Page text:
The Photography of David del Pilar Potes
Ultimately, photography is subversive, not when it frightens, repels, or even stigmatizes, but when it is pensive, when it thinks.
–Roland Barthes, Camera Lucida 1980
I’m interested in photography. Some believe that photography is fundamentally different from other forms of representation. Roland Barthes happened to believe this and he made it the focal point of his short book, Camera Lucida, Reflections on Photography.
My mother owned this book by Barthes. I borrowed it from her many years ago. Her notes are still in the margins, scrawled every which way. To write this review, I retrieved the book from my library, attempting to gain some knowledge . . .
In all honesty, I don’t know if photography belongs in a special category or no category at all. But the effect of certain images on me is beyond a doubt mystifying. And this was the case when I looked at the photography of David del Pilar Potes.
I’m going to try to recount my subjective experience. While surfing the Internet one night, I found this image:
At first I couldn’t situate the image in my mind. That is, I didn’t know exactly what I was looking at. The grotesque musculature of the tree trunk seemed to conceal the tree itself. And then I noticed a little man sitting beside the tree on a bench and a garbage can about ten feet away. As I scrolled the bottom bar, I witnessed a seamless collection of photographs nothing like this one, but all of them strangely connected.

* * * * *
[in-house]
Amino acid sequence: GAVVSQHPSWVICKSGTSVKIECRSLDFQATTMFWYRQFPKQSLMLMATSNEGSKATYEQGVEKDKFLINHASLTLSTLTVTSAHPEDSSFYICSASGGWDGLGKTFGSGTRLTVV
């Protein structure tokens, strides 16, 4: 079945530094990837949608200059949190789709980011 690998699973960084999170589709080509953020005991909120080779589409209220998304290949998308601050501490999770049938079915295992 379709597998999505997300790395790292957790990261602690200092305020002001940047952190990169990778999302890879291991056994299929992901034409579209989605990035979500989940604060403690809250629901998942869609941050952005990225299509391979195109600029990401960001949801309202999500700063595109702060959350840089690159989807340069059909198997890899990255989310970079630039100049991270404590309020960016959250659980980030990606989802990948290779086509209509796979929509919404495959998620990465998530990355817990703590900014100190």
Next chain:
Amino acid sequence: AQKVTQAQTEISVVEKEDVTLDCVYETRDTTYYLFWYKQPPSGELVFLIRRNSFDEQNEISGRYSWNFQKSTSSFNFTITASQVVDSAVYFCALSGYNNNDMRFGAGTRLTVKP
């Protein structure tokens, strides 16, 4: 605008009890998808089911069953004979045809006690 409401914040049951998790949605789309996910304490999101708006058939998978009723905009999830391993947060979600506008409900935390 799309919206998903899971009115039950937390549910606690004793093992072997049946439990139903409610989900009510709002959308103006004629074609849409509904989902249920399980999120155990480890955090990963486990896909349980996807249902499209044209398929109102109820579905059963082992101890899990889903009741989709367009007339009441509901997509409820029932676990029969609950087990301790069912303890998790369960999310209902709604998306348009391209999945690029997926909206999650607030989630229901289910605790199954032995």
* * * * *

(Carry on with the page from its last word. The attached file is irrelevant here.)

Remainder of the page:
For the rest of the night I tried to understand what it was about David’s photographs that stirred in me such a visceral, intense preoccupation. Looking at them, my heart raced, and soon I needed to contact the artist and tell him that his photographs were producing this response in me. I would have to write a review of them; there was no choice. For the review, I would need to sample his images; how else could I convey to my readers the mystery behind these photographs?
The next day I returned to the pictures and studied them more closely. I wouldn’t hear from David for another two days. At this point, I remembered the book by Barthes that I had inherited from my mother. I started reading it.
The studium speaks of the interest which we show in a photograph, the desire to study and understand what the meanings are in a photograph, to explore the relationship between the meanings and our own subjectivities. (1)
Yes, I was interested in these images. What else could explain my “enthusiastic commitment” in Barthes’s words? It was this interest that drew me back to David’s website again and again.
The studium is a result of my volition, my will to study the photographs
There was meaning in the photographs, but the sort of meaning you scooped up with your impressions and created yourself. There was no pre-existing meaning, only suggestions and possibilities, which made studying the images similar to looking at artifacts in a museum. You could play with the storyline of each object, invent the characters and their relationships, tease out the latent emotion of the scenes–